On the 25th of February Martin Scorsese was also awarded, the John Ford Award, by IFTA and John Ford Ireland. The award was presented by president of Ireland and champion of the arts Michael D. Higgins.


Review: La La Land



DIR/WRI: Damien Chazelle • PRO: Fred Berger, Gary Gilbert, Jordan Horowitz, Marc Platt • DOP: Linus Sandgren • ED: Tom Cross • DES: David Wasco • MUS: Justin Hurwitz • CAST: Ryan Gosling, Emma Stone, Amiée Conn

Only his third film, and director Damien Chazelle seems to be tap dancing all the way to cinematic immortality with La La Land, his follow up to 2015’s jazzy psycho drama Whiplash. Right off the bat we dive into a world of sun-drenched nostalgia, a whirlwind of song and dance, a contemporary throwback to the golden musical days of Minnelli, Fred Astaire and Ginger Rogers, and all the good old boys in the musical department at MGM. At 31, Chazelle seems to be the definition of a wunderkind, a pioneering directorial force who’s sparking fresh life into an old genre, and with it, a magical vision of LA.

Los Angeles is a strange dark magical place, city of angels, a mythic land of dreams where anything is possible, and dreams can come true. But more often than not they don’t, and once bitten twice shy, and a loss of innocence is always pretty fertile ground for a good story. Of course, Chazelle knows this, bringing us into a world of heavy hearts with heavy burdens; that all too often get anchored down by the weight of their own dreams.

Sebastian (Ryan Gosling), in his crisp cotton suit, is a jaded jazz pianist with purist ambitions. His heart’s set on opening a real classical Jazz club, the kinda place Charlie Parker and Duke Ellington would have played in back in the heyday, a celebration of pure Jazz, no funny business. And Mia (Emma Stone) on the other hand is a small town girl with pipe dreams of being an actress. But for all her effort she just hasn’t cut it in auditions. However, a series of serendipitous encounters lead her and Sebastian together. And, as their love for each other blossoms, they’re faced with the prospect of having to compromise their individual dreams. Emma Stones walks the tightrope with ease, giving a nuanced performance that masterfully balances between drama and comedy. This is complimented perfectly by Gosling’s piercing moody blues, which bring you from heart to heartbreak in a second.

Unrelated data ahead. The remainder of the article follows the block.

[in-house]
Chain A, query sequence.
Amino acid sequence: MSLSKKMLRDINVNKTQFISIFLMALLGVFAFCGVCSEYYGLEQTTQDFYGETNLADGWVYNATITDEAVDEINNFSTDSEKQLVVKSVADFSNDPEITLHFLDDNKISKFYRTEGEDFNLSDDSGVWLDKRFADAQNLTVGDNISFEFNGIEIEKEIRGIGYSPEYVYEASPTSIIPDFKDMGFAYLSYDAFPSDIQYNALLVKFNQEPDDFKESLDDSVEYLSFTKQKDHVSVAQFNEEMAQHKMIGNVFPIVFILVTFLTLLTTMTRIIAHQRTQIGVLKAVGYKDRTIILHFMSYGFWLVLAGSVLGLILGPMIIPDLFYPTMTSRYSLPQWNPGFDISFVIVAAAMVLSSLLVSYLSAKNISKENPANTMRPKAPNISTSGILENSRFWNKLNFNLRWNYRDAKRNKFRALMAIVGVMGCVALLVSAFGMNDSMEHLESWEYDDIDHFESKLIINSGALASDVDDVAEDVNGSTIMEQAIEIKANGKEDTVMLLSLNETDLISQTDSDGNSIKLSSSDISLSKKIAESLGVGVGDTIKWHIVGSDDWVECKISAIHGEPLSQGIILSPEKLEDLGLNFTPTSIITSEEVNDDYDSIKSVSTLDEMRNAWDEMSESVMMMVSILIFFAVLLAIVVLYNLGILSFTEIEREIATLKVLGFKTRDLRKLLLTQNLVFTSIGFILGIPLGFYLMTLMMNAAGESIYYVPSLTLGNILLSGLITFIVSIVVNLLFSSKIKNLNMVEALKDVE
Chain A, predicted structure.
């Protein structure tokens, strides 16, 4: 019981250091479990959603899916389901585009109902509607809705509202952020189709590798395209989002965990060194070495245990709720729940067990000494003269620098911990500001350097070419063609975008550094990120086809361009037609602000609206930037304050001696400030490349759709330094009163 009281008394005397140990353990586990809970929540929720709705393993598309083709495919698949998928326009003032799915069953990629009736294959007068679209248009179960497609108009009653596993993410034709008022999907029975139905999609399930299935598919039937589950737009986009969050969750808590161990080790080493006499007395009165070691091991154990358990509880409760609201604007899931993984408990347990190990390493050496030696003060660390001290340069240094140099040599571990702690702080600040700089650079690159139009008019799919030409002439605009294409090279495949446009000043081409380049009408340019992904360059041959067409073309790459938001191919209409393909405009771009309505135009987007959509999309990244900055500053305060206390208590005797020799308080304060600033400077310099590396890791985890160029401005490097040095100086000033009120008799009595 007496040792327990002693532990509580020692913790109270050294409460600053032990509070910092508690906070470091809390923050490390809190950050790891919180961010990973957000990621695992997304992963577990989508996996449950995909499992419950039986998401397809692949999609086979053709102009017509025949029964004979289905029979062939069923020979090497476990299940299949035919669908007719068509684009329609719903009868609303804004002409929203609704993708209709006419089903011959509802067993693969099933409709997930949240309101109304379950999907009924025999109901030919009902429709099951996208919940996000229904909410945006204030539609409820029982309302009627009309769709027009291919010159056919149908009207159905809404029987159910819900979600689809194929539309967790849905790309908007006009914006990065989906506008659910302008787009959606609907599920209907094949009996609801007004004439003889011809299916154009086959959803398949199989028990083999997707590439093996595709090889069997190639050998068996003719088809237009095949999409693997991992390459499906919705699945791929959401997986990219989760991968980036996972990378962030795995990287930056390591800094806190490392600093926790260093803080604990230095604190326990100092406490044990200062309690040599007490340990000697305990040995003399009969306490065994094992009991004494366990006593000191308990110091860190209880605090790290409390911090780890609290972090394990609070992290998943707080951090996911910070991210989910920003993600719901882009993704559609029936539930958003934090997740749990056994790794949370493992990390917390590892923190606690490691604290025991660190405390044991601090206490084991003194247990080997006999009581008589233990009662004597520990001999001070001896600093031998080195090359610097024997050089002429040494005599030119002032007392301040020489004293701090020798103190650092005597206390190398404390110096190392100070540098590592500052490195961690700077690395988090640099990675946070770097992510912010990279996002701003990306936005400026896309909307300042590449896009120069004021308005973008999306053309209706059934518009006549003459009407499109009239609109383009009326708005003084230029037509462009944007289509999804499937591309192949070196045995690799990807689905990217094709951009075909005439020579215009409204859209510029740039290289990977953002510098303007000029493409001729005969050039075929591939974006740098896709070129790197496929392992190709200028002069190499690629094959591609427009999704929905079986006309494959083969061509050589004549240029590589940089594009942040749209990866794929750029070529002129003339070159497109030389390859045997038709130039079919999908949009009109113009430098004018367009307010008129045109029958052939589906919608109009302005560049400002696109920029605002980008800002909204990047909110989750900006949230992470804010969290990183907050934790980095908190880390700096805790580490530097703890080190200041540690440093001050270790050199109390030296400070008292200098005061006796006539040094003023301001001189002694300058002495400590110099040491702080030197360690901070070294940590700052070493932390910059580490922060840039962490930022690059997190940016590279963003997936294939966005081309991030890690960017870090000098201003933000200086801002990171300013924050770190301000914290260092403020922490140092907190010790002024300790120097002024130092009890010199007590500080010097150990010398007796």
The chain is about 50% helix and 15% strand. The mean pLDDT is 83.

Visually Chazelle adopts an overwhelming romanticism, and it’s mesmerizing. Linus Sandgren’s dreamy cinematography sedates and exhilarates, seemingly making the camera waltz across the screen. Chazelle paints in big bright primary colors, adding the story together block by block, forming a whole incomprehensibly greater than the sum of its parts. The characters are carved out masterfully in front of the blazing oranges and blues of magic hour sky’s, which melt into the background, creating a modern spin on the old painted backdrops. The head over heels choreography, twists and turns, sweeping you right off your feet and straight into the next big dance piece, making you want to scream and shout.